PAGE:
The Finance Minister said that In the last few years, Government of India has infused about Rs 3,50,000 crore by way of capital into Public Sector Banks for regulatory and growth purposes. Governance reforms would be carried out in these banks, so that they become more competitive. Government has already approved consolidation of 10 banks into four. Further, the Deposit Insurance and Credit Guarantee Corporation (DICGC) has been permitted to increase Deposit Insurance Coverage for a depositor, which is now Rs one lakh to Rs five lakh per depositor. The limit for NBFCs to be eligible for debt recovery under the Securitization and Reconstruction of Financial Assets and Enforcement of Security Interest (SARFAESI) Act 2002 is proposed to be reduced from Rs. 500 crore to asset size of Rs 100 crore or loan size from existing Rs 1 crore to Rs 50 lakh. To meet the need for greater private capital, it is proposed to sell the balance holding of Government of India IDBI Bank to private, retail and institutional investors through the stock exchange. To help easy mobility while in jobs, we wish to infuse into the Universal Pension coverage with auto enrolment. More than five lakh MSMEs have benefitted from restructuring of debt permitted by RBI in the last year. The restructuring window was to end on March 31, 2020. Government has asked RBI to consider extending this window till March 31, 2021. For selected sectors such as pharmaceuticals, auto components and others, it is proposed to extend handholding support – for technology upgradations, R&D, business strategy etc. A scheme of Rs 1000 crore will be anchored by EXIM Bank together with SIDBI.
On Financial Markets, about deepening of the bond market, certain specified categories of Government securities would be opened fully for non-resident investors, apart from being available to domestic investors as well. Government also proposes to expand by floating a new Debt-ETF consisting primarily of government securities. This will give retail investors access to government securities as much as giving an attractive investment for pension funds and long-term investors. To address the liquidity constraints of the NBFCs/HFCs, post the Union budget 2019-20, the government formulated a Partial Credit Guarantee scheme for the NBFCs. The Government and RBI has taken various measures to permit Rupee derivatives to be traded in the International Financial Services Centre at GIFT city, Gujarat.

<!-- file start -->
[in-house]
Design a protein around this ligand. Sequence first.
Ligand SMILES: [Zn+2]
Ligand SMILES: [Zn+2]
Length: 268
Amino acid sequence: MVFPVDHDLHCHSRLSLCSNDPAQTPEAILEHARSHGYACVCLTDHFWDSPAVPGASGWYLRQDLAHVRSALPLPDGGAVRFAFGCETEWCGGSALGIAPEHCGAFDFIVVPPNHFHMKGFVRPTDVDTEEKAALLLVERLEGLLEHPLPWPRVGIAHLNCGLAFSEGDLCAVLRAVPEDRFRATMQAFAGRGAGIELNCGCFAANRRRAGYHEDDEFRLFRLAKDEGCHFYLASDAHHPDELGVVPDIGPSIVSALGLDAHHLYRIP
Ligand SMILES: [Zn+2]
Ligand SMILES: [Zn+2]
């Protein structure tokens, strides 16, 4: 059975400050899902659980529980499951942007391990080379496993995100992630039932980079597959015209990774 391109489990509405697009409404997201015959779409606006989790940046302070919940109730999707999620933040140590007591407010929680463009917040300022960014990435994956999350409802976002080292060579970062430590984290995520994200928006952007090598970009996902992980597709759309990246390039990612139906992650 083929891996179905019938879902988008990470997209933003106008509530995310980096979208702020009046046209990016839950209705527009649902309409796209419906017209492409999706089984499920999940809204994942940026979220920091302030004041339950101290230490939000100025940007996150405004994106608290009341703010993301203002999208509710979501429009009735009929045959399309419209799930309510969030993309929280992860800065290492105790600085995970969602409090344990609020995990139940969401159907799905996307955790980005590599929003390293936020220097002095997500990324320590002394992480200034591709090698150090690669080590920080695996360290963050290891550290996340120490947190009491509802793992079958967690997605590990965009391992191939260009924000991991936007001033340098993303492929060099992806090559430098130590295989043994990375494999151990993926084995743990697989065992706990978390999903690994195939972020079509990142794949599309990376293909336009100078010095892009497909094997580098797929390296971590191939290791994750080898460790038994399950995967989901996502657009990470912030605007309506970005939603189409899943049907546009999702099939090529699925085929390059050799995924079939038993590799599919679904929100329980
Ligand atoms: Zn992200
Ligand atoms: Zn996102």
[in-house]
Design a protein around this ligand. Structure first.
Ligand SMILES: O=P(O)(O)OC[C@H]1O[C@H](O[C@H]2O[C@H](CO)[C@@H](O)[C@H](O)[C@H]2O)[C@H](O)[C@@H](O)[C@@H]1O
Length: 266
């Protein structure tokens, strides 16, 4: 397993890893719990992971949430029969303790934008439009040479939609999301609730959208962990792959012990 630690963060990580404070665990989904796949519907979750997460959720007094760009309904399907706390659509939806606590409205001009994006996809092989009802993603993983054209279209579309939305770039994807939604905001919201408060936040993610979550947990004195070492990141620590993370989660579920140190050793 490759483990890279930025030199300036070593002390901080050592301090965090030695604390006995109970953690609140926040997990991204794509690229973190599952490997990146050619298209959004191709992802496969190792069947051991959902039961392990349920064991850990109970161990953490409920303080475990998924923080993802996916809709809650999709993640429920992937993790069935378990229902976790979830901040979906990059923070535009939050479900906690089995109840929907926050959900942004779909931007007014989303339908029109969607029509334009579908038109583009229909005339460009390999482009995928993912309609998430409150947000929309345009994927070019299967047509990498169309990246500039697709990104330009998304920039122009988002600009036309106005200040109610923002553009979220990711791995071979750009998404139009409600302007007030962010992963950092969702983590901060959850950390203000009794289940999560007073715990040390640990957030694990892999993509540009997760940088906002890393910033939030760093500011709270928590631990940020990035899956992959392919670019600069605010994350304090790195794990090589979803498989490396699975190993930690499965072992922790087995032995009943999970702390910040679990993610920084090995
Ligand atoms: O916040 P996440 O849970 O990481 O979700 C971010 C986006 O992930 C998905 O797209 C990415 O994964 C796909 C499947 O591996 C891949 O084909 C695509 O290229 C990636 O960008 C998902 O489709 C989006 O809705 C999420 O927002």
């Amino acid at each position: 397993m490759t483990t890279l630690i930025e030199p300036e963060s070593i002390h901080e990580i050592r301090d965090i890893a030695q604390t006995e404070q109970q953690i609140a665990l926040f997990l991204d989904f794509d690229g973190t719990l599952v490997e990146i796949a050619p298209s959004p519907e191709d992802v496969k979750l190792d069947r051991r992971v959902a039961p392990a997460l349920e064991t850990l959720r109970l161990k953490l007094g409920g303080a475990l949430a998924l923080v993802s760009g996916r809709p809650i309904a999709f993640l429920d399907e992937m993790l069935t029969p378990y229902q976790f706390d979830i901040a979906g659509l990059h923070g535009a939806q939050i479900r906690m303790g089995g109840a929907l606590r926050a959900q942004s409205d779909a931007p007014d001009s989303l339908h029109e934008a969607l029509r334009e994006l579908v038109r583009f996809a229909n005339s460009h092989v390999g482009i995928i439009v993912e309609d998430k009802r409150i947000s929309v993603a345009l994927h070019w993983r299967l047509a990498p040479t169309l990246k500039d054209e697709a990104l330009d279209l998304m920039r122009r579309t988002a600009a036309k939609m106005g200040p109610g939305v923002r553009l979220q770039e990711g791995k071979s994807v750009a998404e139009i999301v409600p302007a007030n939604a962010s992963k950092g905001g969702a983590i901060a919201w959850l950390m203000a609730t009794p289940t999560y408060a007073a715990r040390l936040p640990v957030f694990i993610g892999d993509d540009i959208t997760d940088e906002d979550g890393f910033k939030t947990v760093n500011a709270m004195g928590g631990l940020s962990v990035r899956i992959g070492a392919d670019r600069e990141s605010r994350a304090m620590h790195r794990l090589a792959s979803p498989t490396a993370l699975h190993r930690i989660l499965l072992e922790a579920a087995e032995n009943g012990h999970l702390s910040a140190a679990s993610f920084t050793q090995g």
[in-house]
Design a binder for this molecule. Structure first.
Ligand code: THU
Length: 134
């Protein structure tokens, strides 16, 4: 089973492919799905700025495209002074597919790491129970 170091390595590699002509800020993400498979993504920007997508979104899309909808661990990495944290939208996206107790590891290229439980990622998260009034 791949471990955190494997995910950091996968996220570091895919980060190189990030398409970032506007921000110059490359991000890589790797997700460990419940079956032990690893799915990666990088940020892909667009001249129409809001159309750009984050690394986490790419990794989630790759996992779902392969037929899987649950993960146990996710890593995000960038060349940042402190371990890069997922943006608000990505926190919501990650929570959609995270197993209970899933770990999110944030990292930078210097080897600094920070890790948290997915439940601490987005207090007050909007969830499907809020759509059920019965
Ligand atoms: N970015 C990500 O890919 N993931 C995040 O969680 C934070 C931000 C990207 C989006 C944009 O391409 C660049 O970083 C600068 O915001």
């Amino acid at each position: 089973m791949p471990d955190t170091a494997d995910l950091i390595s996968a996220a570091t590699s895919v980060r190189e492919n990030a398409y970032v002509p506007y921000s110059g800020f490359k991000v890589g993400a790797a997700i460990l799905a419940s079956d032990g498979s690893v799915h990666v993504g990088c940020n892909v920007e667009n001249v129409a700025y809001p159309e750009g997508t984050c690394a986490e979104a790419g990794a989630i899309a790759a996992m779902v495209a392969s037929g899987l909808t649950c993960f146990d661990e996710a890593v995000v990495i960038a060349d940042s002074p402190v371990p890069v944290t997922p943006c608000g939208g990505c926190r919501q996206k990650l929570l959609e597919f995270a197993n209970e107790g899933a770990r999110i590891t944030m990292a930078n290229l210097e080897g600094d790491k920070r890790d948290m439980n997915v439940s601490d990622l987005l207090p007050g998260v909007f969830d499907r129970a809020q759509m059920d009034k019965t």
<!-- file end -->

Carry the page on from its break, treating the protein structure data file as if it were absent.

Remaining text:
On Disinvestment, the Finance Minister said that listing of companies on stock exchanges discipline a company and provides access to financial markets and unlocks its value. It also gives opportunity for retail investors to participate in the wealth so created. The government now proposes to sell a part of its holding in LIC by way of Initial Public Offer (IPO).
On Fiscal Management, the Finance Minister said that XV Finance Commission has given its first report pertaining to Financial Year 2020-21. In the spirit of co-operative federalism, Government in substantial measure, accepted the recommendations of the Commission. The commission would submit its final report to the President during the latter part of the year, for five years beginning 2021-22. She also announced to transfer to the GST Compensation Fund balances due out of collection of the years 2016-17 and 2017-18, in two instalments. Hereinafter, transfers to the fund would be limited only to collection by way of GST compensation cess. The Revised Estimates of Expenditure for the Financial Year 2019-20 are at a level of Rs 26.99 lakh Crore and the receipts are estimated at Rs.19.32 lakh crore.